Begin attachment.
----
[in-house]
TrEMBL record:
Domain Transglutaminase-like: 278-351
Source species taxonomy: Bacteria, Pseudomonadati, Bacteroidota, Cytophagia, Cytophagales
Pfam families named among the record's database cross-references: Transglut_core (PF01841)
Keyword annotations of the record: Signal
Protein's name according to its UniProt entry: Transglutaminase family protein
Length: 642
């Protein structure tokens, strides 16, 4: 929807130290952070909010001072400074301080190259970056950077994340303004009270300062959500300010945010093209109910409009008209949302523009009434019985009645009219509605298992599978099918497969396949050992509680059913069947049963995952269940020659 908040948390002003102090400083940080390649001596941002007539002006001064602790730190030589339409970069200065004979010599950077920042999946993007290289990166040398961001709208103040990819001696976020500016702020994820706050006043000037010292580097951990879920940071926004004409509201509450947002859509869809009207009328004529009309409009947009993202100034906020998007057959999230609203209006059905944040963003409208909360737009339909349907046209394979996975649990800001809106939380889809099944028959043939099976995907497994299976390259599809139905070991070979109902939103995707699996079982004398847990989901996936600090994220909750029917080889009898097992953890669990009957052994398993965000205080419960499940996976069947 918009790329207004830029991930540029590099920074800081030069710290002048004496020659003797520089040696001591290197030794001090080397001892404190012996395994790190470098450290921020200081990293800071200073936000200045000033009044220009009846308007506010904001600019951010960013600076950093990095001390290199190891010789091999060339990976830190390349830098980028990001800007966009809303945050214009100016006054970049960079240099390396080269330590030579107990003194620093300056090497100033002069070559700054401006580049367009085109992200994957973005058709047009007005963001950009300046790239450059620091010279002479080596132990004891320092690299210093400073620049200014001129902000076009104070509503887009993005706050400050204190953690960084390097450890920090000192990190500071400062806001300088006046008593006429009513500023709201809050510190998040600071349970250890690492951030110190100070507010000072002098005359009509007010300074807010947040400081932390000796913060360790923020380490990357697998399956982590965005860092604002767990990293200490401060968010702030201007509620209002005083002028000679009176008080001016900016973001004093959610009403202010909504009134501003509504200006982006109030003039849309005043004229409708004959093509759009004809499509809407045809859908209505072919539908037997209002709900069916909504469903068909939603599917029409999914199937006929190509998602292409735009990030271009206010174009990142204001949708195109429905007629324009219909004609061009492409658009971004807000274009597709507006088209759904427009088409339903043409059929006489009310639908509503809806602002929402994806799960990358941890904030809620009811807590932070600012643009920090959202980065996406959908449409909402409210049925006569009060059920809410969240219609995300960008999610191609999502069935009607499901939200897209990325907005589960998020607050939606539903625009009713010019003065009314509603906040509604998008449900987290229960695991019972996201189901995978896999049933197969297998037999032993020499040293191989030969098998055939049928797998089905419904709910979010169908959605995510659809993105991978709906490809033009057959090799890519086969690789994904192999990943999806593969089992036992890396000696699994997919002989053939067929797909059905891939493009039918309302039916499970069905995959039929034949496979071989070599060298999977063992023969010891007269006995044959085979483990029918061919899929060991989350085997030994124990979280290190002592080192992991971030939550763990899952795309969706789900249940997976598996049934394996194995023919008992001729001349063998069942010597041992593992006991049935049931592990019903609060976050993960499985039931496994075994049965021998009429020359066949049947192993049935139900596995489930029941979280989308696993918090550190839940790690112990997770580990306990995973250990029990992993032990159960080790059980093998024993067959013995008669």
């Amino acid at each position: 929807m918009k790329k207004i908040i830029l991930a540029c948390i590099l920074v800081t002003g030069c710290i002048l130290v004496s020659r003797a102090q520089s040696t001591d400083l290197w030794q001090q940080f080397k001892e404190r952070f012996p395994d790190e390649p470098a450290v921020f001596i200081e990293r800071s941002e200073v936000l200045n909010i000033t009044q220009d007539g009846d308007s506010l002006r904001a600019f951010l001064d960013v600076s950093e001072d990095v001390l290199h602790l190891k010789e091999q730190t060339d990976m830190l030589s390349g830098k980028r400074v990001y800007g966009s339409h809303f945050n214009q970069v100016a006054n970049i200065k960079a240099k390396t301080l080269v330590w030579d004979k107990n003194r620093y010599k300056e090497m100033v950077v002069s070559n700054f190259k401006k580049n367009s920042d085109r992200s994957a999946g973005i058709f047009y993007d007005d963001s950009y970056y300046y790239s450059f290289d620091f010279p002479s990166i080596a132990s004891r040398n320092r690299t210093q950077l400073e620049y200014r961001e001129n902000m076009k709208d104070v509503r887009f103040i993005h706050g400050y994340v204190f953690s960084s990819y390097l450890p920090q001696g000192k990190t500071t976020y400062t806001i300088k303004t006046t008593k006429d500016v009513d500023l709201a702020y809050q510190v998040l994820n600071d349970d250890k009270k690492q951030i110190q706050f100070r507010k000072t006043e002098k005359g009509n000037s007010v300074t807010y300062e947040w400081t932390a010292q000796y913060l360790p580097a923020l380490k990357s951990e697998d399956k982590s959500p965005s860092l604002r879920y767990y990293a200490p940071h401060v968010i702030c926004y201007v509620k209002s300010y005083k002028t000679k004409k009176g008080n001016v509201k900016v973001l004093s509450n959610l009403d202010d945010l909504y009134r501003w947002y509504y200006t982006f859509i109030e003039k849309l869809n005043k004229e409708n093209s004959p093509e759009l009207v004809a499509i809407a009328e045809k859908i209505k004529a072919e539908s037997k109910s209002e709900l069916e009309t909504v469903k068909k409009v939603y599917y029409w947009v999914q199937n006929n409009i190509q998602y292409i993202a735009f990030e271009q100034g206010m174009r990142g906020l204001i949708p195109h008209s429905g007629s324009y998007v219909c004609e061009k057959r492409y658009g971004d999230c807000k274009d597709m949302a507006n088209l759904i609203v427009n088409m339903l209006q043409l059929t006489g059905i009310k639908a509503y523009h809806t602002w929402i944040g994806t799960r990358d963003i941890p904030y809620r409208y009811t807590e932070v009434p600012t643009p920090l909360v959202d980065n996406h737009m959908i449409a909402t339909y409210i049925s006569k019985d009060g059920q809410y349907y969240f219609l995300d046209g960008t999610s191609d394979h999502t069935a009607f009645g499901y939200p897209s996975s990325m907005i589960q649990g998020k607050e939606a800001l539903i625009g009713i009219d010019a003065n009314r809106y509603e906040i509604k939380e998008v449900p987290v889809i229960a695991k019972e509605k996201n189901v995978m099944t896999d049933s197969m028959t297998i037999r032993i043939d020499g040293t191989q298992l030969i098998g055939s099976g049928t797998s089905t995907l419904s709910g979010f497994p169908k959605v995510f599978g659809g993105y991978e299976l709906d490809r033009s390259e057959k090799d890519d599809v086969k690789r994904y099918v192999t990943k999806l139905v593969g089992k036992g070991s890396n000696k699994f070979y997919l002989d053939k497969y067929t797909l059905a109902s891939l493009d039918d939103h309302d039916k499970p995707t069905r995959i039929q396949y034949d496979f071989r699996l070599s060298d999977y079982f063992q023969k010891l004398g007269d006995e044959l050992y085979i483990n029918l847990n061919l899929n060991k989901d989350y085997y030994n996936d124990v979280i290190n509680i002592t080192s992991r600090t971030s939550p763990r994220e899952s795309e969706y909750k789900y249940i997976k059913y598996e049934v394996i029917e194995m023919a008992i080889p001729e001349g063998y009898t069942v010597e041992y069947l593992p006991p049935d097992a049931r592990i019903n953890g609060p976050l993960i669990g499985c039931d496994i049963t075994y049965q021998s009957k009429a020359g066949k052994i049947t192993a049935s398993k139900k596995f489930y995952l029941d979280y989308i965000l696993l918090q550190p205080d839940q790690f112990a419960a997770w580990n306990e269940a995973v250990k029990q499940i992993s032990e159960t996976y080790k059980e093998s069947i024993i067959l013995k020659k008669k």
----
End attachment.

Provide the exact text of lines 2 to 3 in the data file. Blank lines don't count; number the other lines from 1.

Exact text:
TrEMBL record:
Domain Transglutaminase-like: 278-351